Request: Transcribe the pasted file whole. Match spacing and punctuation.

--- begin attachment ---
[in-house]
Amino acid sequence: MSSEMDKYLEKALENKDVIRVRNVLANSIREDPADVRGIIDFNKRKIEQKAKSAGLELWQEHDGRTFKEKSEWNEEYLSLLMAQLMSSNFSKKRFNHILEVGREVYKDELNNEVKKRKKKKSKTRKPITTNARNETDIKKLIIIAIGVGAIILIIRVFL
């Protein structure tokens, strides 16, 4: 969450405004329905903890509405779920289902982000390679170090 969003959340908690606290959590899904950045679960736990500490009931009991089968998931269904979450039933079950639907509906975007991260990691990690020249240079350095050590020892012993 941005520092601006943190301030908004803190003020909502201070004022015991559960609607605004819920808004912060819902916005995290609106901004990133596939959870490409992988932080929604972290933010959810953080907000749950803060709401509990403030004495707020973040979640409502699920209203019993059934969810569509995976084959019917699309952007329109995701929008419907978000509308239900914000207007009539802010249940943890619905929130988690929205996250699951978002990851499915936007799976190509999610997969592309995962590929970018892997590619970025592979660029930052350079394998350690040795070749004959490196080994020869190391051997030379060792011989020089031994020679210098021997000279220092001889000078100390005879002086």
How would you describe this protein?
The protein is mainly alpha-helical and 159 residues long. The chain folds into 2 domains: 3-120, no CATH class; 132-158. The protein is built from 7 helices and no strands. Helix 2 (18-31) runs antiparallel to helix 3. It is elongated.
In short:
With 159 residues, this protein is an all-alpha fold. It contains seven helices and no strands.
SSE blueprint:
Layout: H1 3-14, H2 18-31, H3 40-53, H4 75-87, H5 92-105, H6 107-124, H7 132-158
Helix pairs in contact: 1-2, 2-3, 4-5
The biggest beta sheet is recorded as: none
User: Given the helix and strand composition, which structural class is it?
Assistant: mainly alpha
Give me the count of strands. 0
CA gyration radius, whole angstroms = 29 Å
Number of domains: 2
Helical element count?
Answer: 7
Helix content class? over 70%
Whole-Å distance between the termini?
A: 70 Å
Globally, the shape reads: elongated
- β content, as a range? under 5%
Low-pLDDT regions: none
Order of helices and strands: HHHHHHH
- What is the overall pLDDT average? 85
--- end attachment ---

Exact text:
[in-house]
Amino acid sequence: MSSEMDKYLEKALENKDVIRVRNVLANSIREDPADVRGIIDFNKRKIEQKAKSAGLELWQEHDGRTFKEKSEWNEEYLSLLMAQLMSSNFSKKRFNHILEVGREVYKDELNNEVKKRKKKKSKTRKPITTNARNETDIKKLIIIAIGVGAIILIIRVFL
């Protein structure tokens, strides 16, 4: 969450405004329905903890509405779920289902982000390679170090 969003959340908690606290959590899904950045679960736990500490009931009991089968998931269904979450039933079950639907509906975007991260990691990690020249240079350095050590020892012993 941005520092601006943190301030908004803190003020909502201070004022015991559960609607605004819920808004912060819902916005995290609106901004990133596939959870490409992988932080929604972290933010959810953080907000749950803060709401509990403030004495707020973040979640409502699920209203019993059934969810569509995976084959019917699309952007329109995701929008419907978000509308239900914000207007009539802010249940943890619905929130988690929205996250699951978002990851499915936007799976190509999610997969592309995962590929970018892997590619970025592979660029930052350079394998350690040795070749004959490196080994020869190391051997030379060792011989020089031994020679210098021997000279220092001889000078100390005879002086």
How would you describe this protein?
The protein is mainly alpha-helical and 159 residues long. The chain folds into 2 domains: 3-120, no CATH class; 132-158. The protein is built from 7 helices and no strands. Helix 2 (18-31) runs antiparallel to helix 3. It is elongated.
In short:
With 159 residues, this protein is an all-alpha fold. It contains seven helices and no strands.
SSE blueprint:
Layout: H1 3-14, H2 18-31, H3 40-53, H4 75-87, H5 92-105, H6 107-124, H7 132-158
Helix pairs in contact: 1-2, 2-3, 4-5
The biggest beta sheet is recorded as: none
User: Given the helix and strand composition, which structural class is it?
Assistant: mainly alpha
Give me the count of strands. 0
CA gyration radius, whole angstroms = 29 Å
Number of domains: 2
Helical element count?
Answer: 7
Helix content class? over 70%
Whole-Å distance between the termini?
A: 70 Å
Globally, the shape reads: elongated
- β content, as a range? under 5%
Low-pLDDT regions: none
Order of helices and strands: HHHHHHH
- What is the overall pLDDT average? 85